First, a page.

The Computation Machine could, at times, serve as a Communications Machine. During those times, it broadcast a signal on the 12.5cm wavelength to a smaller machine located in the parlor of Patrick's house. This smaller machine, known as a Modulator/Demodulator, converted the wireless signal into electrical impulses that could travel along a high speed cable no bigger than a man's thumb. Such a cable snaked out of Patrick's basement, joining other cables from other buildings, until the mass of cables filled hundreds of conduits buried in the bedrock of New York City.
From there, the communication signals from Patrick's Computation Machine traveled across the country at the speed of light, until they reached a set of Computation Machines near the city of San Francisco. These Computation Machines served as a "meeting place" for the best and the brightest thinkers in the world! Patrick pulled toward him a rectangle of neo-bakelite plastic: it contained 101 electric buttons, each marked with a letter or other typographic symbol, and was based on the layout of ancient printing machines. A skilled operator, which Patrick was, could "compose" as many as twenty words per minute on such a device. He gathered his thoughts, and rapidly began to typewrite:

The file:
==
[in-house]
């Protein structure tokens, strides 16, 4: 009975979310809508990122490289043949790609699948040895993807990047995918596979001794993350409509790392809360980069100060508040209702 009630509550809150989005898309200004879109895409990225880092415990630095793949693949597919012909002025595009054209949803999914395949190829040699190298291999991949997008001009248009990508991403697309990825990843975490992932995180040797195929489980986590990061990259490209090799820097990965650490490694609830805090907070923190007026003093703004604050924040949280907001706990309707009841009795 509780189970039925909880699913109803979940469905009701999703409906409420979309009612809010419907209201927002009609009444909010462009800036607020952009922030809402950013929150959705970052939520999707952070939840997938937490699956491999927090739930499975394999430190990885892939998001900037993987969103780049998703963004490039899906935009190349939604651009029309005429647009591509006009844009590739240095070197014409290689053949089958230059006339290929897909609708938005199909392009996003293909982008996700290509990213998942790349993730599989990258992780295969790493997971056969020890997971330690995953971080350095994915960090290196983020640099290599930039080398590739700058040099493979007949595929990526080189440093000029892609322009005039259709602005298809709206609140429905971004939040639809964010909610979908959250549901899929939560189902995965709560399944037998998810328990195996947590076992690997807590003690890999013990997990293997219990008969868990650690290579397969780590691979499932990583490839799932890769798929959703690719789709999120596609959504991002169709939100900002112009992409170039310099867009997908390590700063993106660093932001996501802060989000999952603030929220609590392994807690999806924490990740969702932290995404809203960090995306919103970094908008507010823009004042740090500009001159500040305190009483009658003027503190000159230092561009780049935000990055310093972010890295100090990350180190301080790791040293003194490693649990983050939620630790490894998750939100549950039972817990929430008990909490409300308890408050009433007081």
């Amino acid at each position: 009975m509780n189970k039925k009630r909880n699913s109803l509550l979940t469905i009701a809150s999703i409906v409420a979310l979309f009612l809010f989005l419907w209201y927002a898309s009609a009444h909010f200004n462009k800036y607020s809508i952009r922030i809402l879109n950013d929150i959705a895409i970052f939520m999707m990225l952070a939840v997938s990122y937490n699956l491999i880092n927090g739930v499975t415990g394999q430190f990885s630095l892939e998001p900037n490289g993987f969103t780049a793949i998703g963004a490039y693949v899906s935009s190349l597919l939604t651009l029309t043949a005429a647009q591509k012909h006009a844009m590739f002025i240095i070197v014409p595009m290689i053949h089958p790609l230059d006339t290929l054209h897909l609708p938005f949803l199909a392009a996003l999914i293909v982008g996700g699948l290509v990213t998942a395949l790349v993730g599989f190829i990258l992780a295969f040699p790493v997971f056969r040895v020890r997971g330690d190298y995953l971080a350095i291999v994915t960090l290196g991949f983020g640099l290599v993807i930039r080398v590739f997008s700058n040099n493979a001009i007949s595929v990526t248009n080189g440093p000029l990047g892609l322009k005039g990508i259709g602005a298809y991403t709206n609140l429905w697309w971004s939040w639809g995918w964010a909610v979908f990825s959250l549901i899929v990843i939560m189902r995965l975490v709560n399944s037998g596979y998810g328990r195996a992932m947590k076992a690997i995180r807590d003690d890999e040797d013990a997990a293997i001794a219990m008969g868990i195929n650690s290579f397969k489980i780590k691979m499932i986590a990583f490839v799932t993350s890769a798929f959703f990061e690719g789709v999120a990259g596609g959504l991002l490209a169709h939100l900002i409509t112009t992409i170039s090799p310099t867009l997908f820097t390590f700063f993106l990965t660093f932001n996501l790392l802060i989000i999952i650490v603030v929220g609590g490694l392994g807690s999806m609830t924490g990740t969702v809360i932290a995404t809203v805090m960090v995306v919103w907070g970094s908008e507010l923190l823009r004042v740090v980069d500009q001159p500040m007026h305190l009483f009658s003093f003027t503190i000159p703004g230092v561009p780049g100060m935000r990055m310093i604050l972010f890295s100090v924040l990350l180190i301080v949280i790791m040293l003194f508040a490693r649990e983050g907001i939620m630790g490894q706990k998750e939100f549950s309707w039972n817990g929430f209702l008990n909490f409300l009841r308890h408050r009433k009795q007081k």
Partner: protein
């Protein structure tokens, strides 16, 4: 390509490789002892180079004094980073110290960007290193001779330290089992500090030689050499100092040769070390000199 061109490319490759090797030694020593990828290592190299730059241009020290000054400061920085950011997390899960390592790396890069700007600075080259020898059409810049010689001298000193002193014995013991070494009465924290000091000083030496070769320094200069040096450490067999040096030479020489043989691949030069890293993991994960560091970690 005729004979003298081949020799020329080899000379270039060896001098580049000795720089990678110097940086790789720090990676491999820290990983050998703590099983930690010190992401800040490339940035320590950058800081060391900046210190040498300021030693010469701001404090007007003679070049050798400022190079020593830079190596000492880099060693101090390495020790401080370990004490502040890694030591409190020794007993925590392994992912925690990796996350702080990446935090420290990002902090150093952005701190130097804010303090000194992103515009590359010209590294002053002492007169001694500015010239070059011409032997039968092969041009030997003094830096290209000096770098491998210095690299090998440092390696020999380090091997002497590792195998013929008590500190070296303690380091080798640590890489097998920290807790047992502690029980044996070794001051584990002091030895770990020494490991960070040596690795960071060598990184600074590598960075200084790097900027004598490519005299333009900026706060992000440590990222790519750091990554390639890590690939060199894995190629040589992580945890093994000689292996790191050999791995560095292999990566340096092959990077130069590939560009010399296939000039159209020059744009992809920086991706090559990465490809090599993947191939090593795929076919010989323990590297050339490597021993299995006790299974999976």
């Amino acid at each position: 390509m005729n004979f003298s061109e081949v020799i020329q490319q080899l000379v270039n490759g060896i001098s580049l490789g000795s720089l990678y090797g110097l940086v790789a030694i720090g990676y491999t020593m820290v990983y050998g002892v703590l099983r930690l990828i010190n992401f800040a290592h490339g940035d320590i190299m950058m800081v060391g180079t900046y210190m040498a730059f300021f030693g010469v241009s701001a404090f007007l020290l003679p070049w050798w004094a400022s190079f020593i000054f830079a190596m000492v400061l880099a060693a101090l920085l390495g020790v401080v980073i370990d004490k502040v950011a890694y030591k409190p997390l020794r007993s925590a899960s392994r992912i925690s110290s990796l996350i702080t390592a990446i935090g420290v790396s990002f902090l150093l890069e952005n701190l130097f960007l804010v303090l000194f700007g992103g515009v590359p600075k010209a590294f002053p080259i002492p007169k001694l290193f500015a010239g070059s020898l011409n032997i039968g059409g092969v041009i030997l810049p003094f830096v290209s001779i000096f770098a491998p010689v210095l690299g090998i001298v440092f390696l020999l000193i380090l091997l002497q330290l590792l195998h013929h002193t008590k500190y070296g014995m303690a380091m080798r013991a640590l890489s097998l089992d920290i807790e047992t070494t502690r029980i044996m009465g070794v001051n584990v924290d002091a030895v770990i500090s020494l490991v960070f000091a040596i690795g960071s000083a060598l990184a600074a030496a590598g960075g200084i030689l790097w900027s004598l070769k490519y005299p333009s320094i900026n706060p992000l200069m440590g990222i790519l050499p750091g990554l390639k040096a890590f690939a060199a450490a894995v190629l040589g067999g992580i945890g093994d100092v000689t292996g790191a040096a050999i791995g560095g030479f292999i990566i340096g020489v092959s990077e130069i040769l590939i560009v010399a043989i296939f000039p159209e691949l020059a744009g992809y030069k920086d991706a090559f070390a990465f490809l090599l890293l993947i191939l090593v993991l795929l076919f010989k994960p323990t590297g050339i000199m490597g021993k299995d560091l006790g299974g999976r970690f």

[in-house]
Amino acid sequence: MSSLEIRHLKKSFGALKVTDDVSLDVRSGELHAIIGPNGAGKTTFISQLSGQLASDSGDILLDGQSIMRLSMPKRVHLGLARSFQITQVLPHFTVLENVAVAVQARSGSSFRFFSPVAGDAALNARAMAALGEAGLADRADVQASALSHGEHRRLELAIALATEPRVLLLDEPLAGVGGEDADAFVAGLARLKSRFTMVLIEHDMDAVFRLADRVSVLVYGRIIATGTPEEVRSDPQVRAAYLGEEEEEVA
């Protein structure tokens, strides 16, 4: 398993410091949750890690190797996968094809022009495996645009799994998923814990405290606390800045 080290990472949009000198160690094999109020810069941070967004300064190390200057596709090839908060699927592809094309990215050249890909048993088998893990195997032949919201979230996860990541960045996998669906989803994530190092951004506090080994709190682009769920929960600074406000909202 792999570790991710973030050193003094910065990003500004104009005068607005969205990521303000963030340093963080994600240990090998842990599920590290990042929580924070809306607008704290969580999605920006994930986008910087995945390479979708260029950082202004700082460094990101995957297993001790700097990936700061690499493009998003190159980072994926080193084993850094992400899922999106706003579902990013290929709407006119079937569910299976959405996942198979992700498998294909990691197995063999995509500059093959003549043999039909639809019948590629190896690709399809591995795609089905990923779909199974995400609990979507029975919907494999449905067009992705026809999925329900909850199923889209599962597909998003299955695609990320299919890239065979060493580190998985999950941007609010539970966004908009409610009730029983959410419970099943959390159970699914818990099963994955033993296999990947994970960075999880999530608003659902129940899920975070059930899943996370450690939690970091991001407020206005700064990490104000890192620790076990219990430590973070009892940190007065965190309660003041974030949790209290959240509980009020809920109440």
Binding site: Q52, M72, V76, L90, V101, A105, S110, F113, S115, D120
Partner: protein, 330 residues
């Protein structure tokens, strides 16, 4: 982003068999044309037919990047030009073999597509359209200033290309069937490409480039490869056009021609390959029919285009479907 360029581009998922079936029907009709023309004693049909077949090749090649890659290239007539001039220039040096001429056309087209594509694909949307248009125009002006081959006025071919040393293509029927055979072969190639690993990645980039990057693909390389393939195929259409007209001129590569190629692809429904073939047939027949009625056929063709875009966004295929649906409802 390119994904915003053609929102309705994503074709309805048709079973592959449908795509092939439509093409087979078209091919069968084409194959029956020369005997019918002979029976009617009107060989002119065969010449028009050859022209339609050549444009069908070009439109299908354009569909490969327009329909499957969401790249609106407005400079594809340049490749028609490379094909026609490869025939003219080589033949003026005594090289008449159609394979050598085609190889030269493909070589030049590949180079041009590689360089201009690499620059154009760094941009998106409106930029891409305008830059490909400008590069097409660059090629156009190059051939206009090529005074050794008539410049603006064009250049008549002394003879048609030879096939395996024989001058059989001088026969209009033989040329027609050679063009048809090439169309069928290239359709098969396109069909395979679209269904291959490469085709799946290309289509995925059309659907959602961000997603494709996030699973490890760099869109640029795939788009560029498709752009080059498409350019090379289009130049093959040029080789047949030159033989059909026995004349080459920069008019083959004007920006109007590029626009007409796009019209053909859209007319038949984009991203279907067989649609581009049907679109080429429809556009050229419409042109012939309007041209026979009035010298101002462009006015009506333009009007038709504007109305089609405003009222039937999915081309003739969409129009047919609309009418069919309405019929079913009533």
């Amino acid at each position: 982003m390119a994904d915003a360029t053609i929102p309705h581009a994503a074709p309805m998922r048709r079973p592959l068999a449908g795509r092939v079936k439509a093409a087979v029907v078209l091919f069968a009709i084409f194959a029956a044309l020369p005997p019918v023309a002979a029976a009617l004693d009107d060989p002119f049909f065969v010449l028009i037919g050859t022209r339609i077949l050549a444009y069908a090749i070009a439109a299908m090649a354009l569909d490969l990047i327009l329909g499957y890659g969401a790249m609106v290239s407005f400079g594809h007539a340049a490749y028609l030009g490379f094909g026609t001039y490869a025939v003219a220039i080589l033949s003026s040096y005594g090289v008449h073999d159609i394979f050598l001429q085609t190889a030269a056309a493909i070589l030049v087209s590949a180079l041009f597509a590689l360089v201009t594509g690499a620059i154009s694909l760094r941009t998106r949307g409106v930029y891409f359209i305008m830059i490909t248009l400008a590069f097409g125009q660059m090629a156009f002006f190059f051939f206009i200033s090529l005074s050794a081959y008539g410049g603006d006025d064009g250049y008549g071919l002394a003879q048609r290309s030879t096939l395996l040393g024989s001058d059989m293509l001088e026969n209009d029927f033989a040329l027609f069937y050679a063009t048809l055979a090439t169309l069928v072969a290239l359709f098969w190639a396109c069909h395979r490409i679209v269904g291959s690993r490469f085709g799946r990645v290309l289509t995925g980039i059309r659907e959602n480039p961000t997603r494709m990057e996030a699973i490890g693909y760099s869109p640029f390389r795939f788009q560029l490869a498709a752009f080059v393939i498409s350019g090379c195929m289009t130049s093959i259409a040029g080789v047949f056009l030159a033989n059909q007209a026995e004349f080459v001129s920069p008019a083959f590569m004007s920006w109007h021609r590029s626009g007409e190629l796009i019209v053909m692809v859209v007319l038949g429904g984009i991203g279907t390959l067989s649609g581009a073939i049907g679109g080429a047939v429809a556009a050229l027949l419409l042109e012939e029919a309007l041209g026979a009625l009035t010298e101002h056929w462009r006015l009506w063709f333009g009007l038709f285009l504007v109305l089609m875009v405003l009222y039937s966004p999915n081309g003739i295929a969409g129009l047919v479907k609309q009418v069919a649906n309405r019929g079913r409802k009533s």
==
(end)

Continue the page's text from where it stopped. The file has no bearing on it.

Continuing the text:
"I just started the book 'Ralph 124C 41+' for the first time, and I
love it! It's so mindbendingly dorky; how could I not love this
book?! It has no real plot, crepe-paper characters, cinderblock
dialogue, and a tendency to wander. But oh, wow; such
marvels! Especially if you try to put yourself back into a 1911
It's the way my science fiction would come out if I wrote science
fiction: as a catalogue of really cool technology, presented in
Aspergerian detail, with ill-defined people walking through it
doing...not much of anything, really.
Has anyone else here actually read this book? What did you
Patrick hoped his friends enjoyed the message he left for them. They'd see it the next time they connected their personal Computation Machines to the ones near San Francisco, however many hours or days later that be. Patrick looked at a small box on his desk. The figures "1:45 am" glowed in red light on one face of the box. "Getting pretty late," Patrick thought, as he turned off the Computation Machine. He stretched and flipped a wall switch. His office light, a spiral tube of low-pressure gas which ionized and glowed whitely when energized, went dark. Patrick removed his synthetic acetate shirt, manufactured by a process that created a silk-like fabric from nothing more than plant chaff and vinegar, and headed off to his petroleum-based extruded foam mattress, and to sleep.